I love the way this image bursts open on the page – its so starry and clearly a “five” from – a pentagon/pentangle – I wonder if this is accidental or if it invites us into the growth pattern of gorse… must find out….


I have been surprised by the popping of gorse and seduced by its heavenly scent. Because it is so long flowering it offers nectar the whole year round and its prickles ensure protection for nesting birds. Gorse loves sunshine and acid soils. Europeans brought Gorse to New Zealand and Australia where it has taken root and is considered invasive. Bec what are your thoughts on Gorse?

Gorse (aka Furze in Ireland)

The Gorse is still blossoming in mid Winter in The Glen River Park – facing North

I love the gorse for the sense of the wild and rugged, that pale green and golden yellow prickling, still with us in the built environment. Gorse has repopulated the footprint that once held Gouldings Fertilizer plant, the business is still operational elsewhere. The Glen is known as Goulding’s Glen after that family that gifted the site to the City. In the distance rises the red edged tower of the fire station; the oily gorse is often set alight by park users, and sometimes the fire brigade will come across the road to douse the flames to quell the spread. The gorse grows back after the spring and summer burnings, which peak on St John’s Eve or “Bonna Night” as it is known locally 23rd June, just after the summer solstice (the burnings still a rite held somehow in the urban human dna). Just now, in November, once more the trodden paths have reaching prickle-stems of gorse, crisscrossing the foot-trodden paths, reminders of their hold over the place, showing their finger to any concern for their charred and blackened spring selves.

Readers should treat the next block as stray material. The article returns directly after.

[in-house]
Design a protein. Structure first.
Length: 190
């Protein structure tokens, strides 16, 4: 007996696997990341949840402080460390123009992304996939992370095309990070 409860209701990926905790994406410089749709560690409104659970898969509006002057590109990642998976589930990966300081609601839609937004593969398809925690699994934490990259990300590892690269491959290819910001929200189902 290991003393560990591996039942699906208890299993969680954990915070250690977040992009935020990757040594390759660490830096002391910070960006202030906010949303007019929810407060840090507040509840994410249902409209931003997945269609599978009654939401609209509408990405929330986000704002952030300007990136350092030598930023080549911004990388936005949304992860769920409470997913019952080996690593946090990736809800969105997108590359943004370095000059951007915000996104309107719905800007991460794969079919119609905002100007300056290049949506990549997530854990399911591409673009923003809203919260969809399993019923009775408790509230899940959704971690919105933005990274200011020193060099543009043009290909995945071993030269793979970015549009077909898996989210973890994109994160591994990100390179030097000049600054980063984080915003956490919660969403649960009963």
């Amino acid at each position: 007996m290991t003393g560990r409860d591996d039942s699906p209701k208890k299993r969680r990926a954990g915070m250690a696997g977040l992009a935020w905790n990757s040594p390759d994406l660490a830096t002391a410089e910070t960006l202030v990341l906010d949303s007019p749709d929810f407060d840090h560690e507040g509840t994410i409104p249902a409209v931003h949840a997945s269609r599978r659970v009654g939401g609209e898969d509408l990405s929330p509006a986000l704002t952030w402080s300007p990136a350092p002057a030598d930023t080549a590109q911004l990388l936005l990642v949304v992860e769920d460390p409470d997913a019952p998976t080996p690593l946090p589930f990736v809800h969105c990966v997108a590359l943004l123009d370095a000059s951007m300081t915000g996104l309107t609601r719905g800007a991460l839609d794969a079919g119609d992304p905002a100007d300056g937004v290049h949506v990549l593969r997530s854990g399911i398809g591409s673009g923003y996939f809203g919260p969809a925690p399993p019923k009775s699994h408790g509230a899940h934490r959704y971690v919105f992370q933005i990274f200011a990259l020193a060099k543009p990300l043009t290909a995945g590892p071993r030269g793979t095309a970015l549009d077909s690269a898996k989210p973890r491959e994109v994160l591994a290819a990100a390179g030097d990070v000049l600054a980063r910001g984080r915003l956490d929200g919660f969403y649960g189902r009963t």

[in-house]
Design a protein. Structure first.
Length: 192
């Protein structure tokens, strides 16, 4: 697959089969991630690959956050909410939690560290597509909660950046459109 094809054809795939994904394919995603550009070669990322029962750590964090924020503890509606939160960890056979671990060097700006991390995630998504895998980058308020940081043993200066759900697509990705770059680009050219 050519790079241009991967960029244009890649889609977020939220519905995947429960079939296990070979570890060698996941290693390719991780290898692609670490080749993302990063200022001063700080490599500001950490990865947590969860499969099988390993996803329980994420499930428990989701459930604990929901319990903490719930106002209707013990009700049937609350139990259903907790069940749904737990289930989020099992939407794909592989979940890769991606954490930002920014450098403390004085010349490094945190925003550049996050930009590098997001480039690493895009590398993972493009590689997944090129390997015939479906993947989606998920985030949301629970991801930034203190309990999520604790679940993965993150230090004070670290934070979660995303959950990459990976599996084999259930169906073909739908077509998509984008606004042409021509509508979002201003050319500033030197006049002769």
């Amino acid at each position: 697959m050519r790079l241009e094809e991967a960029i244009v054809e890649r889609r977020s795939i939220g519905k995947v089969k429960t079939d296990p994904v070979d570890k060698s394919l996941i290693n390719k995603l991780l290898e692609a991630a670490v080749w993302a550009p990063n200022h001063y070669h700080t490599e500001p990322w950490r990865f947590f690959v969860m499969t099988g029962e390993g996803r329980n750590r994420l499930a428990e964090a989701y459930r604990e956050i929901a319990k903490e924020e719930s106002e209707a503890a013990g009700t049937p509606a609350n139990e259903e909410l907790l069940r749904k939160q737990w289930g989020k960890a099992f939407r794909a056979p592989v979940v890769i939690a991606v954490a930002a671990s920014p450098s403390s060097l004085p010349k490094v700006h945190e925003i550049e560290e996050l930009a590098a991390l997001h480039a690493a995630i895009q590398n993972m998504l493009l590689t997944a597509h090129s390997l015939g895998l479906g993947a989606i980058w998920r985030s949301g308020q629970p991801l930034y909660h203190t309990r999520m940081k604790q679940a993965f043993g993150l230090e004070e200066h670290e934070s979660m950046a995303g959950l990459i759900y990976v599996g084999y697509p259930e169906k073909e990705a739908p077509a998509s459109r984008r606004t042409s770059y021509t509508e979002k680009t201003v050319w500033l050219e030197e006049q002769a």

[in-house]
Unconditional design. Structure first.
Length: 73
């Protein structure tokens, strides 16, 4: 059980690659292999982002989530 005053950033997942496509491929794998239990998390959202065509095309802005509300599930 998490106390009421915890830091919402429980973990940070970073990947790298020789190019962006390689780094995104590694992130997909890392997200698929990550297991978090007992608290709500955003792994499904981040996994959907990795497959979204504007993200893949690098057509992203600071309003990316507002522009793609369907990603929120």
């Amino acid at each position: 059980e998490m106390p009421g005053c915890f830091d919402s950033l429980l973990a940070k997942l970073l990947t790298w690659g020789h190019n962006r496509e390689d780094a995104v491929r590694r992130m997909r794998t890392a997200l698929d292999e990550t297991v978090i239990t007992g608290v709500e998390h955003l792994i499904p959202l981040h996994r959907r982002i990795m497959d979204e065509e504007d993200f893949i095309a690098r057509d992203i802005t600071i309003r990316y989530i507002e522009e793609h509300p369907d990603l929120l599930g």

This is a fairy gateway that all but disappears in Winter as growth dies back – facing East

Published by @julforres

Julie Forrester, artist based in Cork City Ireland

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